Many horses of all types and ages have been observed to make an abnormal noise upon exercise. These horses and ponies are often referred to as whistlers or roarers. The noise produced can vary from barely audible to a loud roaring noise and is due to turbulent airflow through an abnormal airway. This finding is common in racing Throroughbreds and can be a cause of poor performance in athletic horses. In less severe cases, the problem may go undetected and may have no effect on the average horse’s athletic capabilities.
The larynx forms an essential part of the upper respiratory tract. The main function of the larynx is to prevent inhalation of food into the lower airway. Its opening comprises a pair of arytenoid cartilages that support the vocal folds and the epiglottis which provides a protective flap over the airway during swallowing.
The abnormal inspiratory noise which can be heard when affected animals are exercised is due to narrowing or asymmetry of the larynx. The correct term for this phenomenon is recurrent laryngeal neuropathy (RLN).
This upper respiratory disease occurs due to injury to the left recurrent laryngeal nerve (the nerve responsible for innervating the left side of the larynx). Causes of injury to this nerve are multiple and may include trauma to the neck, guttural pouch disease, strangles and neoplasia. In the majority of cases however, the cause remains unknown. Damage to this nerve results in the failure of abduction (opening) of the left arytenoid cartilage; this causes a decrease in airway diameter and disturbance to the flow of air along the upper respiratory tract.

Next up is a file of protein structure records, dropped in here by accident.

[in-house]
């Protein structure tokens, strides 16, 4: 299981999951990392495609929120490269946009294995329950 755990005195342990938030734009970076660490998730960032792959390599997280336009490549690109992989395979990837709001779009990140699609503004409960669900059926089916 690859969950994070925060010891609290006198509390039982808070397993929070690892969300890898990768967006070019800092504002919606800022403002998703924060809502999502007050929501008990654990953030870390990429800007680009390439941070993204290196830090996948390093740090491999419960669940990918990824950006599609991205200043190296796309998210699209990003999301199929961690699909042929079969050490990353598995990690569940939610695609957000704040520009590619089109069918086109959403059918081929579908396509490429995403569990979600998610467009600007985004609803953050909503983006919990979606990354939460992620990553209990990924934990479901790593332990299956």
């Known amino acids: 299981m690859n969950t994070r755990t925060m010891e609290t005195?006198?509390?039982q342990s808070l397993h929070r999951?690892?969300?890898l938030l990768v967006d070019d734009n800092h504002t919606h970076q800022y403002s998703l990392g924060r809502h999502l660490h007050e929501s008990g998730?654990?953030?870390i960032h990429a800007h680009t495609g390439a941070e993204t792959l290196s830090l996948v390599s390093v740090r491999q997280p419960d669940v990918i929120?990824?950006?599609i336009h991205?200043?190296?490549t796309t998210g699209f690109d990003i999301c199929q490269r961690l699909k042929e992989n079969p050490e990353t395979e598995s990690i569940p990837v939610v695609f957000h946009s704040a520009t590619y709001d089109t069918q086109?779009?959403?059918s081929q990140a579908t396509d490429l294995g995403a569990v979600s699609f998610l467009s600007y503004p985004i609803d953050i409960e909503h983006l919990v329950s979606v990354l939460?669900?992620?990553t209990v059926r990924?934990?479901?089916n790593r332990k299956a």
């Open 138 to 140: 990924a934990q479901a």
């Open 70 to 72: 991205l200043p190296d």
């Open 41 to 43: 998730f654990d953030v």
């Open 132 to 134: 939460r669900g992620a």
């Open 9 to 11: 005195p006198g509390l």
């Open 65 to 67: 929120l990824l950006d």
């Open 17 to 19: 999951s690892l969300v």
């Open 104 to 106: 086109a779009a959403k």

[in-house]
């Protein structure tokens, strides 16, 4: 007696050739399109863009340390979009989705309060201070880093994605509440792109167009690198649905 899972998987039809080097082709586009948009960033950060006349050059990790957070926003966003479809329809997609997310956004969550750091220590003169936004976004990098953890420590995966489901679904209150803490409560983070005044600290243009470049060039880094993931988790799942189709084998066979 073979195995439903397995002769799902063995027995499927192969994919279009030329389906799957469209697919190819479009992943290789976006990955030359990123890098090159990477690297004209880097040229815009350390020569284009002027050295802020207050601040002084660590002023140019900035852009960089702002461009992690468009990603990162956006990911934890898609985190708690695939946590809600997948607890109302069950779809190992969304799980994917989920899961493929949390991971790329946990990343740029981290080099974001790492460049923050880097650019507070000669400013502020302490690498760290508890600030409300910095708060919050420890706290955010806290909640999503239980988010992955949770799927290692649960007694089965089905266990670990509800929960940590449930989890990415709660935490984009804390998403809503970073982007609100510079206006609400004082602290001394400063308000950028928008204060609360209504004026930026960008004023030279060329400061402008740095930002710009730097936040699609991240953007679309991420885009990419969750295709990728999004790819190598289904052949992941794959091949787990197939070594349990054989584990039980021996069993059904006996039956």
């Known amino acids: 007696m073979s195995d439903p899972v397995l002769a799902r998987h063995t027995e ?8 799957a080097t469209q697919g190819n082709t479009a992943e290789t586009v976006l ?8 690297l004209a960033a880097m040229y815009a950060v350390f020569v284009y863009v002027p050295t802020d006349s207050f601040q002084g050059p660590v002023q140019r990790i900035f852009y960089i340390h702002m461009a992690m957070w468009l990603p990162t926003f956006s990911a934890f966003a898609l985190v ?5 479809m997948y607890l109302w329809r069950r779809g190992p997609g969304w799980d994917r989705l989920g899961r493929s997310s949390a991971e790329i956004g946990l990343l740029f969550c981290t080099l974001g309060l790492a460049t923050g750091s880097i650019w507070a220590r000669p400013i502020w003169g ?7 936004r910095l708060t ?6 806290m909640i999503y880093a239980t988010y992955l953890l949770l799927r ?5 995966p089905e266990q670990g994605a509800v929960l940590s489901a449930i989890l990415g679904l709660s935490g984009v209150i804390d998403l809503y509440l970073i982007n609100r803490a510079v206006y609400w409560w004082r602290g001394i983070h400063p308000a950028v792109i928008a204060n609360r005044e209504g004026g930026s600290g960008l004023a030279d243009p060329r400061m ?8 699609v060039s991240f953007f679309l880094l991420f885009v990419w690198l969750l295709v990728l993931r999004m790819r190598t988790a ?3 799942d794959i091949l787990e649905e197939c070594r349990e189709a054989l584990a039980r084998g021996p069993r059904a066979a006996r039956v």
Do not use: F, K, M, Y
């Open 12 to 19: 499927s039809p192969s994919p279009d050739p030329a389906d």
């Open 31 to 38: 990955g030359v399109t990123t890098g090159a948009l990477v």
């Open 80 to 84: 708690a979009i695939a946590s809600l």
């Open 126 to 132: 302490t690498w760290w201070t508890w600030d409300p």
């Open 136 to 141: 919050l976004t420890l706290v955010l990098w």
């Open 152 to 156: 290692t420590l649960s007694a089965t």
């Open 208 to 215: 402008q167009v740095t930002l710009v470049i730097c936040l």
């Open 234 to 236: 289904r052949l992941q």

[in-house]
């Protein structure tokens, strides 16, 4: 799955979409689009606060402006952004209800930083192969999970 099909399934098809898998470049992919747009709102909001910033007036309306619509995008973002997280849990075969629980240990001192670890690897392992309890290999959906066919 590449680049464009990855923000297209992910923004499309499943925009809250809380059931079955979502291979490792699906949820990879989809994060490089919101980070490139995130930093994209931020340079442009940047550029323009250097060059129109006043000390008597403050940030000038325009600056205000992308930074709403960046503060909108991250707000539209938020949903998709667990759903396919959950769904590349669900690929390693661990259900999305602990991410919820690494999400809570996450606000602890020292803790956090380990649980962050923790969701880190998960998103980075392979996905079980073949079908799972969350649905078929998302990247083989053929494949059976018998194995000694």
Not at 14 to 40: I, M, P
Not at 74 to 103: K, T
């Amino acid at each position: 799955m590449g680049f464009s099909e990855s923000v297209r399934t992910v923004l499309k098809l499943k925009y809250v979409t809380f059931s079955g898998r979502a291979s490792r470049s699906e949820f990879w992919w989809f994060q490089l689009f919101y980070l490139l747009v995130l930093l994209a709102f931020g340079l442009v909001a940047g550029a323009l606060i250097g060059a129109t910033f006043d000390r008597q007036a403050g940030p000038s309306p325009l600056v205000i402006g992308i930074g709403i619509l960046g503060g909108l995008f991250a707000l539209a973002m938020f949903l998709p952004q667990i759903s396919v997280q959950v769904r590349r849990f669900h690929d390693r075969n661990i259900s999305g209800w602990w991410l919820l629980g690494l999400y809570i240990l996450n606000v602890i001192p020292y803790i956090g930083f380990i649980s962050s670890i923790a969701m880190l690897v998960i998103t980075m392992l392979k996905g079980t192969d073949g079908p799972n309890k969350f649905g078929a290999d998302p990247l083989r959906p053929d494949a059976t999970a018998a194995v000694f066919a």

The picture at the start of this factsheet shows an endoscopic view of a horse with severe RLN. The cartilage on the right side of the image (left side of the horse) will not open fully, resulting in a dramatic reduction in airway diameter.
RLN affected horses tend to have a reduced exercise capacity and make an abnormal respiratory noise on exercise. Your vet will palpate the larynx externally to see if he/she can feel any asymmetry of the muscles of the larynx. A slap test may be performed over the withers which reveals failure of contraction of the muscle responsible for opening the left side of the larynx in horses suffering from RLN.
The gold-standard diagnostic technique is endoscopic examination of the larynx. Endoscopy involves passing a fibre-optic camera via the nostrils and along the upper airway so that the larynx can be visualised directly. Asymmetry of the larynx and failure of opening of the arytenoids cartilages confirms the diagnosis of RLN. In mild cases, endoscopy during exercise may be necessary to appreciate the reduction in airway diameter, this can be performed either on a treadmill or in some institutes ridden endoscopic examination can be performed.
The only method of treatment available for RLN is surgery. It is important to understand that not all cases of RLN require treatment. Treatment is only indicated if the condition is severe and/or affects the horses performance, ie the horse has reduced exercise tolerance.
Many horses used for general purpose riding, dressage and showjumping suffer from RLN with no ill-effect as they do not need to exercise at maximal intensity. In contrast, RLN can severely affect those horses used for racing or endurance riding.
Surgery can involve a hobday (ventriculectomy) and/or a laryngeal tie-back procedure depending on the type and severity of laryngeal paralysis. Recently, some institutions have started to perform standing laser surgery of the larynx which avoids the risks associated with general anaesthesia.